Museums are places of ideas, memories, beauty and truth. They are wormholes to other times and worlds, to which we can only teleport ourselves through strolls of long, well-lit museum galleries. As a tribute to this legacy, the Bihar Museum organised a seven-day ‘Museum Biennale’, the first of its kind that brought together museums from various parts of the world to display their art and artefacts. The event came to an end on Sunday.
The event was organised in a hybrid version — both physical and virtual — and allowed patrons easy access to conferences, masterclasses, museum tours and panel discussions on a variety of topics related to art. Beautifully curated, it showed the immense possibilities for the art landscape to evolve and grow after the pandemic, if innovative and engaging ways are introduced to capture the attention of the audience.
For instance, on Sunday, one could join a virtual tour of the Canadian Museum for Human Rights, as well as the Piramal Museum of Art, Mumbai. The final masterclass of the event focused on ‘Bhasha, Media and Bihari Memory’, while the penultimate one discussed vernacular modernity.
The biennale dealt with several pertinent topics over the past few days, from exploring the visions for future museums to addressing the undeniable ways in which the COVID-19 pandemic has changed the entire landscape of art.
The key highlights of the event included sessions on ‘Elements of a Museum’ that explored the change of museums from storage spaces of static artefacts to a centre of cultural exchange, and ‘Perceptions of Art’ that examined the sensory nature of art, its need to interact and exist in conjunction of the viewers, the historical traditions they uphold and give insights on.
The virtual masterclasses took place for four days between March 25 and 28, focusing on restoration of art and storytelling through dance, writing biographies, cinema critiquing, cultural appreciation, and writing in Indian languages with a specific focus on the rich tapestry of vernacular dialects. They offered an in-depth learning opportunity for art and culture enthusiasts as leading exponents from creative industries shared insights into their creative process and their craft highlights.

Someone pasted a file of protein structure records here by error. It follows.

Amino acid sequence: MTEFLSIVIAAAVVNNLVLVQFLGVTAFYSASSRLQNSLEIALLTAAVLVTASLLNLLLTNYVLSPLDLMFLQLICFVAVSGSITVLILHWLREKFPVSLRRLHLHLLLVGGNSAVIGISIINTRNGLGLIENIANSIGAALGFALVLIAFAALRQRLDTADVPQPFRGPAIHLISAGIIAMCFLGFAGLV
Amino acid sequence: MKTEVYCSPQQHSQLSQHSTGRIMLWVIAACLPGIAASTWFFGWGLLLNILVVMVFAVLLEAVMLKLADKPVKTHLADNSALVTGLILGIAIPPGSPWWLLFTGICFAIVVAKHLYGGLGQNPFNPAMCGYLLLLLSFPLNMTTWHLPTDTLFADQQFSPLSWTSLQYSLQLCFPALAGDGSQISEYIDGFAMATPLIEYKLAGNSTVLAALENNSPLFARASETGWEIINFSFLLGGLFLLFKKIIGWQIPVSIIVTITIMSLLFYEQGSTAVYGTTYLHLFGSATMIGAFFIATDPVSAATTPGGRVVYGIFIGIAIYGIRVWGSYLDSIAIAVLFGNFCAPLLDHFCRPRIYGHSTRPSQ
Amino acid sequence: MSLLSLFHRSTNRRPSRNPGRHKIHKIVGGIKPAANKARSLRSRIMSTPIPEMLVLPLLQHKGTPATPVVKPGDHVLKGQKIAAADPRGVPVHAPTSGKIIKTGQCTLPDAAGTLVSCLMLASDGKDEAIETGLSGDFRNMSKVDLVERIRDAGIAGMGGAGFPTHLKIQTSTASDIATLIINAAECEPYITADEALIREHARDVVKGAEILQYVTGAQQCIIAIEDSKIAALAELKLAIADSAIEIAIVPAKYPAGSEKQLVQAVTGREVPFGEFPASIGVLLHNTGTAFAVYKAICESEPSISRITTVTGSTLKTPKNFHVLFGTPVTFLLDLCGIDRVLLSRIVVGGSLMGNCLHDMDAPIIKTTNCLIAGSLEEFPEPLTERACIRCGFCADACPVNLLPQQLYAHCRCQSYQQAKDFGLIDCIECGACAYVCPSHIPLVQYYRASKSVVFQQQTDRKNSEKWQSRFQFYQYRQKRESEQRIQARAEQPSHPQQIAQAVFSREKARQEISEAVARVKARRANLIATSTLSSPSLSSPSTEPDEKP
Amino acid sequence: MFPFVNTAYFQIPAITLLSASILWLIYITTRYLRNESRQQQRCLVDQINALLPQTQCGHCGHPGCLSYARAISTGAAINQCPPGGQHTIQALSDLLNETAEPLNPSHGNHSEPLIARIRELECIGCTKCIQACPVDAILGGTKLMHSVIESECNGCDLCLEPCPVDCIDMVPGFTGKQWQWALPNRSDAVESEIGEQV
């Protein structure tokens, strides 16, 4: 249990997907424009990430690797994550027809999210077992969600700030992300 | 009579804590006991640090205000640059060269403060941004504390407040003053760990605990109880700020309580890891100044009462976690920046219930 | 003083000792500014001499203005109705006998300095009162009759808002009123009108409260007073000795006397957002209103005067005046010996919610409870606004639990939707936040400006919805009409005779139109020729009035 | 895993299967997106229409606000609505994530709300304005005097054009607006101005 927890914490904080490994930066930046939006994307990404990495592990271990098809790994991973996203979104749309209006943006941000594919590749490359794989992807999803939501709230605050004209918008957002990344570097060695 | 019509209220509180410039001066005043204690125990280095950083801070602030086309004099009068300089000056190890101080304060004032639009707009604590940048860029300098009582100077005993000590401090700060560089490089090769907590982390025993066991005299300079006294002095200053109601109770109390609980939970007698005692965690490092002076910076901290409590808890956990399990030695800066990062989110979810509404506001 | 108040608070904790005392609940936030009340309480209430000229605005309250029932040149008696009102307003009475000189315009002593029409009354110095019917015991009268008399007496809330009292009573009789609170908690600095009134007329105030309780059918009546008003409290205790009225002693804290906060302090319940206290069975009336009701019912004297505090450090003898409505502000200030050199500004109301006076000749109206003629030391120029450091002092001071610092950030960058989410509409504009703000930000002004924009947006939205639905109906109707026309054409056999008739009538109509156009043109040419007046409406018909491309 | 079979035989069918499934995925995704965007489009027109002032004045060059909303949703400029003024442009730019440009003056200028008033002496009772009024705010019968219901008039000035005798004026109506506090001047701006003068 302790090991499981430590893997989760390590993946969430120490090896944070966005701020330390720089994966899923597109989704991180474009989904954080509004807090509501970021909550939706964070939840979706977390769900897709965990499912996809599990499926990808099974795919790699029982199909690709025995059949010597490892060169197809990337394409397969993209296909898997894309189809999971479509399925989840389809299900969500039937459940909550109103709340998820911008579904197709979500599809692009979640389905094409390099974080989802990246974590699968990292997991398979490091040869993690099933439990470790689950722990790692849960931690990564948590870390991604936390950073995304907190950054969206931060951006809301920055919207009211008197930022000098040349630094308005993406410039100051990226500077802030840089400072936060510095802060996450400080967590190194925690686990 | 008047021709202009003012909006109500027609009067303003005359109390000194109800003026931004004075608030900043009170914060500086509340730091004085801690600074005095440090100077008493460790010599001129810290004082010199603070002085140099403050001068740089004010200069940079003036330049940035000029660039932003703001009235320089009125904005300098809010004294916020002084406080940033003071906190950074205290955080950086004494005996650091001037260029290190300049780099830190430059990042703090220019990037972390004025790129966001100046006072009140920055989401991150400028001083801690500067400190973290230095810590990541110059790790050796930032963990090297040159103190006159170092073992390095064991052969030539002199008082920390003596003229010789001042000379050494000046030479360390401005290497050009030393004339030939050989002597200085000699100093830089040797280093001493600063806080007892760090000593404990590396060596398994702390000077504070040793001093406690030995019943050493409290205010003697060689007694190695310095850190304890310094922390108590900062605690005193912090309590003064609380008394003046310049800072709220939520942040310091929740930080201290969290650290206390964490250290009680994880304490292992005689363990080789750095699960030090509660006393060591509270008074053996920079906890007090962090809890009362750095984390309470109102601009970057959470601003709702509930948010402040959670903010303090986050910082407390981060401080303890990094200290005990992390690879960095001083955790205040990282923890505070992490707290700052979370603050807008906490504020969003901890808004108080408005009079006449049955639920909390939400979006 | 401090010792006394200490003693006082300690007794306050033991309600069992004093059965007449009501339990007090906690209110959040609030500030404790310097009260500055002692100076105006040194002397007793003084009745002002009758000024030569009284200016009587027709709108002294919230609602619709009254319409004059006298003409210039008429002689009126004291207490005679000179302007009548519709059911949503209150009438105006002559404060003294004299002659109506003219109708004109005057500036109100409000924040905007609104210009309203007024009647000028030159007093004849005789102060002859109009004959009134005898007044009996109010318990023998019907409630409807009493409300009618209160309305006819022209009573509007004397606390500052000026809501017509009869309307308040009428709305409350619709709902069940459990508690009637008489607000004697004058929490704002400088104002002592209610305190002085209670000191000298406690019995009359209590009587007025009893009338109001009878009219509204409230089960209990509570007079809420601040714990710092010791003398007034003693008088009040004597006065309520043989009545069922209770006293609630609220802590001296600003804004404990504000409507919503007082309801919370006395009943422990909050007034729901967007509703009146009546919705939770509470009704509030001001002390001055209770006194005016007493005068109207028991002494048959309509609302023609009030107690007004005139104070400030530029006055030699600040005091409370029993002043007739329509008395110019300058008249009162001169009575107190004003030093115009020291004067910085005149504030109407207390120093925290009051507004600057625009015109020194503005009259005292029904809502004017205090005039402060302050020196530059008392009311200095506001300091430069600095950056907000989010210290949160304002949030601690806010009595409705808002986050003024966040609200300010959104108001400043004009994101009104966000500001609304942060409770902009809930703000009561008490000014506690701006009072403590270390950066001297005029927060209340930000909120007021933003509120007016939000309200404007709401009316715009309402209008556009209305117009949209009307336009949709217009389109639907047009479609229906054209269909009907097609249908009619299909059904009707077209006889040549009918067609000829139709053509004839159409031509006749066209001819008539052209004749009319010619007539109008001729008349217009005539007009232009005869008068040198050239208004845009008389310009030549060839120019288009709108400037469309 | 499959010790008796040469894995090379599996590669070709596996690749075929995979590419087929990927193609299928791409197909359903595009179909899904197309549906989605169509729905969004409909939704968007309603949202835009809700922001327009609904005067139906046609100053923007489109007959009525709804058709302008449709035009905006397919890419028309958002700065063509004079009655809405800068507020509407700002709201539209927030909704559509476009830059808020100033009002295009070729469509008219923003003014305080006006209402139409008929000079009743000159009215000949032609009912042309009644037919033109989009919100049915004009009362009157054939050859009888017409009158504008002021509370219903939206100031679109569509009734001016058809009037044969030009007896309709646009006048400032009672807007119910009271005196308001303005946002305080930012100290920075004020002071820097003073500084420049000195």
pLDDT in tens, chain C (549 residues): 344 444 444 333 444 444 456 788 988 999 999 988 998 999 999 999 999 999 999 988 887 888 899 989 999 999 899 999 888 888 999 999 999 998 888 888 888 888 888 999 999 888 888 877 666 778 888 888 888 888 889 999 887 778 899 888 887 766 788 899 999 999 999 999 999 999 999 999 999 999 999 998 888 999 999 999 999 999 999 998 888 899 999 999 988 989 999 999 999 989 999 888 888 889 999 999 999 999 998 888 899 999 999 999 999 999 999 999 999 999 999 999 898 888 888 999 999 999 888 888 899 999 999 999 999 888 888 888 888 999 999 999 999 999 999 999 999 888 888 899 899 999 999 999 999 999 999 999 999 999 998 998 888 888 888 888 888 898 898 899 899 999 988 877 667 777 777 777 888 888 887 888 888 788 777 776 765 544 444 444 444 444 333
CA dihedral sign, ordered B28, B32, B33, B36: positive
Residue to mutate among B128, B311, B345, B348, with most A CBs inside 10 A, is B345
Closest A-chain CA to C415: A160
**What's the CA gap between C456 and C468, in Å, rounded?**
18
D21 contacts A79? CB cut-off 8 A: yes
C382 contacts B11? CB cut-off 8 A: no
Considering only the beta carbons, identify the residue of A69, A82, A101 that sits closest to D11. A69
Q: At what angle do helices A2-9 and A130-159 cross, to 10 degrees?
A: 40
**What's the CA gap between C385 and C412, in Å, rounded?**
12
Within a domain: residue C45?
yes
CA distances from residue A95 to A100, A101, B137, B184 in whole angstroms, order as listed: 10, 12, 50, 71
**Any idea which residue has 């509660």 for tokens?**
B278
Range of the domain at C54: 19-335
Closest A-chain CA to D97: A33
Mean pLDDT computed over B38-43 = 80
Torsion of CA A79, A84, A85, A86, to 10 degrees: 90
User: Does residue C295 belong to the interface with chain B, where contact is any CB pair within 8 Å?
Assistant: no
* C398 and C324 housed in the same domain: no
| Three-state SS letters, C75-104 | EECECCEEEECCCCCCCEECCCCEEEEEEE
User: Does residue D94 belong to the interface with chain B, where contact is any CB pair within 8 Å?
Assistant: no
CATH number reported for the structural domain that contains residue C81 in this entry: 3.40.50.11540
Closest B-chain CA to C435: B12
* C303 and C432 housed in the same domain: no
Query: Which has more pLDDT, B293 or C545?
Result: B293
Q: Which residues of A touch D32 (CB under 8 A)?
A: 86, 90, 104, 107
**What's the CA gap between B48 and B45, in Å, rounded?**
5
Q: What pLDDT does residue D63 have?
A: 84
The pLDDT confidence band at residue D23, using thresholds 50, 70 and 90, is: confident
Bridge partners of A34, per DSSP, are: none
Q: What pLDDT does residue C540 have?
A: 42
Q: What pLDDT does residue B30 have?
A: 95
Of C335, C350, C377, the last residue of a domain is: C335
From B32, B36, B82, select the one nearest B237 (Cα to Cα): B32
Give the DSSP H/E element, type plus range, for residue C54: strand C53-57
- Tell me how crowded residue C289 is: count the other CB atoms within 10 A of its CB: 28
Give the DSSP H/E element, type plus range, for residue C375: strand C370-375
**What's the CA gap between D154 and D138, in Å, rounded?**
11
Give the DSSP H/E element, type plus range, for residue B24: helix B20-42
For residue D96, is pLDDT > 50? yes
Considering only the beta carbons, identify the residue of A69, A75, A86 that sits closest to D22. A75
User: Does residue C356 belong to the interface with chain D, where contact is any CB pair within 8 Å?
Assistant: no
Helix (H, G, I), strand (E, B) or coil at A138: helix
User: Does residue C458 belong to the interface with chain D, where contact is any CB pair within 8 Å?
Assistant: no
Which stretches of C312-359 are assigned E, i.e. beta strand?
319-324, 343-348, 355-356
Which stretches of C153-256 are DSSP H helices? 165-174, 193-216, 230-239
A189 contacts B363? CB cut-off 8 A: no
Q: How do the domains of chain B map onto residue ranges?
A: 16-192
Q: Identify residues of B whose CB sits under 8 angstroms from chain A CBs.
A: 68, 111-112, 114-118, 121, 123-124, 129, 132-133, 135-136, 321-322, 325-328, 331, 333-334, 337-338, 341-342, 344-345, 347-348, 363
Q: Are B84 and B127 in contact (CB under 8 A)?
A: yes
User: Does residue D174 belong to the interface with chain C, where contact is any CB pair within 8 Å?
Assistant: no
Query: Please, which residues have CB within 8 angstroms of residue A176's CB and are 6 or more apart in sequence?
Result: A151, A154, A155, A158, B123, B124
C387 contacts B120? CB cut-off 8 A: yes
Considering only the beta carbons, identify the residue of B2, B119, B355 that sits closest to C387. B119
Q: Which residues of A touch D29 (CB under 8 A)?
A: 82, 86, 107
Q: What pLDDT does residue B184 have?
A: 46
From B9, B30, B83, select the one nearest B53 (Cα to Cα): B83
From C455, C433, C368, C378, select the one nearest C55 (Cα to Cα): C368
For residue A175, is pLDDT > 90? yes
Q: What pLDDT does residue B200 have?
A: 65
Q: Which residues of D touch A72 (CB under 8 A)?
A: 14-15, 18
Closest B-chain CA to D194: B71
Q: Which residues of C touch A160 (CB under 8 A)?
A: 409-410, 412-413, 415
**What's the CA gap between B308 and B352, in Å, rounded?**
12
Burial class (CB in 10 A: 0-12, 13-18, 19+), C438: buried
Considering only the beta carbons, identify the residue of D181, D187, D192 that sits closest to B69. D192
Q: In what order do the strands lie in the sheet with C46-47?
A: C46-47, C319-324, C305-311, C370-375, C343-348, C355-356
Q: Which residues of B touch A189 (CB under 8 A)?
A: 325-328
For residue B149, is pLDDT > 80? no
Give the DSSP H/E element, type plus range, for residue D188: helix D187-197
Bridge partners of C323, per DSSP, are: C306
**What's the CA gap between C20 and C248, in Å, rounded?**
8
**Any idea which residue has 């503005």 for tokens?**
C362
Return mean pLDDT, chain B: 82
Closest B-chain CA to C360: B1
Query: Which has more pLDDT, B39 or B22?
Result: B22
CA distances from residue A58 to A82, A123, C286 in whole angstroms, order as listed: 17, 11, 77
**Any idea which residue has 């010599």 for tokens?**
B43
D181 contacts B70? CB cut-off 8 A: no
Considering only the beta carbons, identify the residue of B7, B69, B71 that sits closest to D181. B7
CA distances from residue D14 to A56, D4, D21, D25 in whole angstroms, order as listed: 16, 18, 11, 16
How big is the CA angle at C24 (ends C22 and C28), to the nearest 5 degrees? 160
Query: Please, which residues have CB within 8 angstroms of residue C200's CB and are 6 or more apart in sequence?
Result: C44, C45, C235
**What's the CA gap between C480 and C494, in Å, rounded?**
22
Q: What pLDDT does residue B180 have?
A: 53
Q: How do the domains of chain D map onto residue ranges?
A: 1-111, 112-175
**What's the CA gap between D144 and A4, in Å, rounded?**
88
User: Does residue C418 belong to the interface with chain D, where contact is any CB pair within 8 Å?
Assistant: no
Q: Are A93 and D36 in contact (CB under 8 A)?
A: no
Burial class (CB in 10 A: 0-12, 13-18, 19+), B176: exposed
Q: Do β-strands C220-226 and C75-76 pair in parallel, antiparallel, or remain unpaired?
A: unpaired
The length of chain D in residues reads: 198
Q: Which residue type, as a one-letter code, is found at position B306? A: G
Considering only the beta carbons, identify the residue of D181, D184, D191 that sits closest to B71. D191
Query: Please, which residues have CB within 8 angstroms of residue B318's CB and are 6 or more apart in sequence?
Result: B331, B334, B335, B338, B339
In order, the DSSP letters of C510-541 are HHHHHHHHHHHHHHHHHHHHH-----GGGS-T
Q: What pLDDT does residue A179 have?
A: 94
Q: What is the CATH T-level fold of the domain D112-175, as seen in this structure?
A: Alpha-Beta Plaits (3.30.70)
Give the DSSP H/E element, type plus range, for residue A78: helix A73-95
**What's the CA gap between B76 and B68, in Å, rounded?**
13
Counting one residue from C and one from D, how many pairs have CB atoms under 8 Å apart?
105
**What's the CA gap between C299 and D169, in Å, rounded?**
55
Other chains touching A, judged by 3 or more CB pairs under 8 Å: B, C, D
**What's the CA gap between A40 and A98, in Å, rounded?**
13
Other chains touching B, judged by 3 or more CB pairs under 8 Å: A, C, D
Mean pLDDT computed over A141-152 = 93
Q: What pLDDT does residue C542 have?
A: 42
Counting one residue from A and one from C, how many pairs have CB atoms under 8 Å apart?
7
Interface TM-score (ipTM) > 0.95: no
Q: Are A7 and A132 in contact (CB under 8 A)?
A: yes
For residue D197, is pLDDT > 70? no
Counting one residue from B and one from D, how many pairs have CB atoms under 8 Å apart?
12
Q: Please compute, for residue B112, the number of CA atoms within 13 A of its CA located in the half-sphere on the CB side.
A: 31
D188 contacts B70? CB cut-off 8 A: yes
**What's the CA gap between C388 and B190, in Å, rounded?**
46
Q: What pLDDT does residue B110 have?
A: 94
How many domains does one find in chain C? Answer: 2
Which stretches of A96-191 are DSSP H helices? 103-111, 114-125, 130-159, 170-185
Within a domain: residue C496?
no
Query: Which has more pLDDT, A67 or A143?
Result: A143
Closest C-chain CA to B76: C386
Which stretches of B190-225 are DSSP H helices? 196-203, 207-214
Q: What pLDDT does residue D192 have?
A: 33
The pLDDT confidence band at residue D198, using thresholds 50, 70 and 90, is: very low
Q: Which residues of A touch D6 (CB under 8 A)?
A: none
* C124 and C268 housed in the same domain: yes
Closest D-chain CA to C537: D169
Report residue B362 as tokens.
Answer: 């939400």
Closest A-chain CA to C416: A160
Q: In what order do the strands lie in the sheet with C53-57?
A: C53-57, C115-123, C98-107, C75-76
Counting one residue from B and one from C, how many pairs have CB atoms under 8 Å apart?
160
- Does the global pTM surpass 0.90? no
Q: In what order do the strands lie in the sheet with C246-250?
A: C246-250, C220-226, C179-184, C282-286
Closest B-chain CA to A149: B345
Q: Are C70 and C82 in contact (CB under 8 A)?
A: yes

There were exhibitions that focused on Ramayana and those that depicted the art and artefacts that uphold the tribal history of our country.
Organised by the Bihar Museum and the Department of Arts, Culture and Youth Affairs, the biennale was inaugurated by Chief Minister Nitish Kumar on March 22, the day that is celebrated as Bihar Divas. Kumar said, “I am delighted that the Bihar Museum Biennale is being inaugurated on the auspicious occasion of Bihar diwas. The making of Bihar Museum has been a journey worth chronicling itself as it is the first of its kind museum of international stature and standards in India. It is heartening to see the pioneering work of the museum, including the organisation of the biennale. We must continue our efforts to research, innovate and create opportunities for engaging with local, national and international visitors, offering them an immersive experience of the state’s rich history as well as contemporary cultural heritage.”
The biennale served as a portal for art lovers to access the richness and treasures of Indian museums, while displaying collections from various museums across the world. Some of the prominent international museums which participated in the event are the National Museum of Interventions, Mexico; The Castle Museum in Pszczyna, Poland; National Museum of Colombia; The Liberation War Museum, Bangladesh; and the Sarmaya Art Foundation.